The Future Is Now: Artificial Intelligence in the Workplace

Artificial Inteligence

By Sarah J. Moore

Although it may be some time before we commute to work in flying cars or teleport to our company’s lunar outpost, a concept once thought to be outside the realm of possibility is now on the verge of transforming the modern workplace – working side-by-side with robotics capable of artificial intelligence (AI).

By eliminating the human element, this technology can analyze a vast amount of data and search for patterns – helping employers to automate and systematize processes often driven simply by instinct. Perhaps more extraordinary, AI is designed to learn from experience to get an ever-better idea of how to best perform a given task. In other words, the HAL 9000 of the 1968 film “2001: A Space Odyssey” is nearer than we think!

As new technologies emerge and AI is integrated into the modern workplace, they will undoubtedly raise a number of valid legal issues – particularly those relating to a reduction in workforce, safety protocols and employee privacy concerns.

ARTIFICIAL INTELLIGENCE IN THE WORKPLACE
The nature of change that AI will occasion is much different that the automation revolution experienced by industry. Over the past several decades, machines and robotics have been replacing workers who perform certain rote physical and mechanical functions. For example, years ago it was a new concept to have machinery used on assembly lines and in workplace settings where workers physically moved an item from point A to point B. And now, another line of workers is at risk of becoming obsolete – those whose job function involves using reason to make a recommendation or selection between items and/or actions.

As AI is being increasingly integrated into the modern workplace, the effects will be felt by all workers, across industry and spanning over all executive functions. In a recent article, Arthena CEO Madelaine D’Angelo discussed how AI will transform the financial industry by automating and streamlining processes in banking, trading and investment to achieve lightning speed analysis, forecasting and recommendations. Instead of having to think, the computers will do it for us. Th e role of people in the workplace will change, with many becoming support to the AI that is increasingly replacing our workforce.

HANDLING THE INEVITABLE REDUCTION IN WORKFORCE
Over time, the AI revolution will inevitably lead to a reduction in our workforce. As businesses proceed with implementing AI, unions and workers will undoubtedly pursue legal challenges to save or protect as many jobs as possible.

On this basis, each company should consider inclusion of its in-house counsel and human resource department in discussions regarding any AI integration into the workplace. Cloaking these conversations under attorney-client privilege is critical to ensuring thorough and candid discussion of the topic and practical implications. In addition, developing a legally defensible implementation plan is essential to minimizing associated transition costs. It’s important to always consider use of a voluntary termination plan that complies with applicable laws and regulations.

Next, employers should determine which applicable statutory and contractual obligations will be triggered, paying particular attention to the Worker Adjustment and Retraining Notification Act. Where unionized workers are concerned, make sure all obligations to bargain are met and adequate notice is provided to leadership. Build a record that demonstrates meeting the good faith bargaining obligation.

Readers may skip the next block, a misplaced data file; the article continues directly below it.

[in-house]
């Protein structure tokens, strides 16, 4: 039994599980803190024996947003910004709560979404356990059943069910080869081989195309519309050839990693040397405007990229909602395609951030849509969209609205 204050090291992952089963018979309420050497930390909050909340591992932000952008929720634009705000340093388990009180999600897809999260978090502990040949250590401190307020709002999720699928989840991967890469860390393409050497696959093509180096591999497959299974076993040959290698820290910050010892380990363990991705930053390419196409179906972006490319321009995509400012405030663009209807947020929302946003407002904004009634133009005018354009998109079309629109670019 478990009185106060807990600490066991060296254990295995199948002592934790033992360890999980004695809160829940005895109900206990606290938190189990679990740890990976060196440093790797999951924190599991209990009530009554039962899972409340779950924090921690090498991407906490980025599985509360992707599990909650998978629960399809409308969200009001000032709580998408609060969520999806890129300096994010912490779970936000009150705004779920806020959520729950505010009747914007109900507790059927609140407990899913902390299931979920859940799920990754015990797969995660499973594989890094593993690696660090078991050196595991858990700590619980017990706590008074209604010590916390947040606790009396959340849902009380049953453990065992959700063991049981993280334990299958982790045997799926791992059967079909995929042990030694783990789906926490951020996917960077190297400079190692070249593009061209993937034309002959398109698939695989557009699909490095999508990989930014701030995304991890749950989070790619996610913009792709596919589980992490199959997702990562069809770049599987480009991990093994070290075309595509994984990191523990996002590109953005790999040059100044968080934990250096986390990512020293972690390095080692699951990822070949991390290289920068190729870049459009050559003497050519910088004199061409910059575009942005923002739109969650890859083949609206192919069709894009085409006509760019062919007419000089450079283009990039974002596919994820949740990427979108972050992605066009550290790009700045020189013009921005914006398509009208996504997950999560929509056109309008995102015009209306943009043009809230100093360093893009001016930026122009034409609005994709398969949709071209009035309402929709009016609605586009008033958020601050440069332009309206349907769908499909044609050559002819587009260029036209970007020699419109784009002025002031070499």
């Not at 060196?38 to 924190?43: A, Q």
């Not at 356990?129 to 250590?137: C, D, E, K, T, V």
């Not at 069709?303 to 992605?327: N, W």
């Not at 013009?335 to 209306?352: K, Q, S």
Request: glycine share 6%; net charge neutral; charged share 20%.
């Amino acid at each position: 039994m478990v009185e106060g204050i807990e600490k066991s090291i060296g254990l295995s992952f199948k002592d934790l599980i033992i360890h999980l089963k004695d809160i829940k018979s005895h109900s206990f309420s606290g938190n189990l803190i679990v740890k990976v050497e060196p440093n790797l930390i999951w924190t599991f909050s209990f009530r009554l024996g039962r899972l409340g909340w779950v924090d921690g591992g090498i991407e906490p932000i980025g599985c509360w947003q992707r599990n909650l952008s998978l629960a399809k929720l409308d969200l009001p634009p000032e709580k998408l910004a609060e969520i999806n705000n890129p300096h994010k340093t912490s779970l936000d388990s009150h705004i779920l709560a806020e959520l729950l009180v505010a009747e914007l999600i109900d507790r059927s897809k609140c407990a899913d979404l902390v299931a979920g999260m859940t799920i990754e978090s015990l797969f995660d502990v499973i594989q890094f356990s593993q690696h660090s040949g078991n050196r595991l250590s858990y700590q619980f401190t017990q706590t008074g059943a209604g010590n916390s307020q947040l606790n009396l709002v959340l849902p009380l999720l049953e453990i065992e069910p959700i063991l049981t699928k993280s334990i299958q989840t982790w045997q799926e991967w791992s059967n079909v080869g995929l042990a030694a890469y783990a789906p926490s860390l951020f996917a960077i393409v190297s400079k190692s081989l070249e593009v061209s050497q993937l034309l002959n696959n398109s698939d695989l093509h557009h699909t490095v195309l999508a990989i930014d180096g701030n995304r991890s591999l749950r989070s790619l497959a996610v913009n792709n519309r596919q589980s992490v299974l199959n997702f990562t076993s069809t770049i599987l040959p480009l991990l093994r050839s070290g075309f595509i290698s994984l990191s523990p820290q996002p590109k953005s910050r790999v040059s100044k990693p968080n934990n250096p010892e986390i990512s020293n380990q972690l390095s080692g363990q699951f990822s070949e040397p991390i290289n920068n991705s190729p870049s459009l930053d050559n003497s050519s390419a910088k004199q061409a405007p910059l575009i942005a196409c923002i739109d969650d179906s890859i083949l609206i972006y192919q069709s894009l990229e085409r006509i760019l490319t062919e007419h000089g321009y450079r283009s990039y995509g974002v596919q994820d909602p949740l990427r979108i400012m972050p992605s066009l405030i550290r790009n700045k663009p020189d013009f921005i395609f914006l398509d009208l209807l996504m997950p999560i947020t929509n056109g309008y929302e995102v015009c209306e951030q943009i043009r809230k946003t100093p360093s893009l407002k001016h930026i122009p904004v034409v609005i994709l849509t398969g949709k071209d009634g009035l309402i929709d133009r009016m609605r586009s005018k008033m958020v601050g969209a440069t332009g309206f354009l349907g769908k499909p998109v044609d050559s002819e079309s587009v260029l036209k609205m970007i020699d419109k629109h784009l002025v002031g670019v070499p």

MEETING WORKPLACE SAFETY REQUIREMENTS
The Occupational Safety and Health Administration (OSHA) requires employers to complete hazard assessments. Th is process involves reviewing the workplace to identify occupational hazards and develop methods to achieve appropriate controls. Th e integration of AI into the workplace presents several challenges to employers in meeting these legal obligations.

AI is essentially a new concept, and few people understand the specific details of how it works or could malfunction. Without this knowledge, it’s difficult to identify all occupational hazards that AI will create. Th is makes developing control methods nearly impossible and the response plan for reportable incidents problematic. Similarly, developing appropriate safety plans for workers involved with the AI integration and ongoing operation will be challenging.

Employers should consider establishing a multidisciplinary core team that can review the AI systems before implementation to handle the hazard assessment and develop a compliant response plan and safety training, as this will become best practice in AI workplace integration.

EMPLOYEE PRIVACY CONSIDERATIONS

Employers should also be careful with coupling wearable technology and AI. Serious privacy issues exist when using technology to gather personal information for employee wellness support or to track employee movement during the workday. Be sure to examine the laws where the company does business to ensure AI wearable technology use is compliant.

Human resource departments that use AI support in employee applicant review should be extremely rigorous in reviewing these systems to ensure their use is legally defensible and does not present discrimination claim exposure.


Sarah Moore is a partner at the Cleveland office of Fisher Phillips, a management-side labor and employment law firm.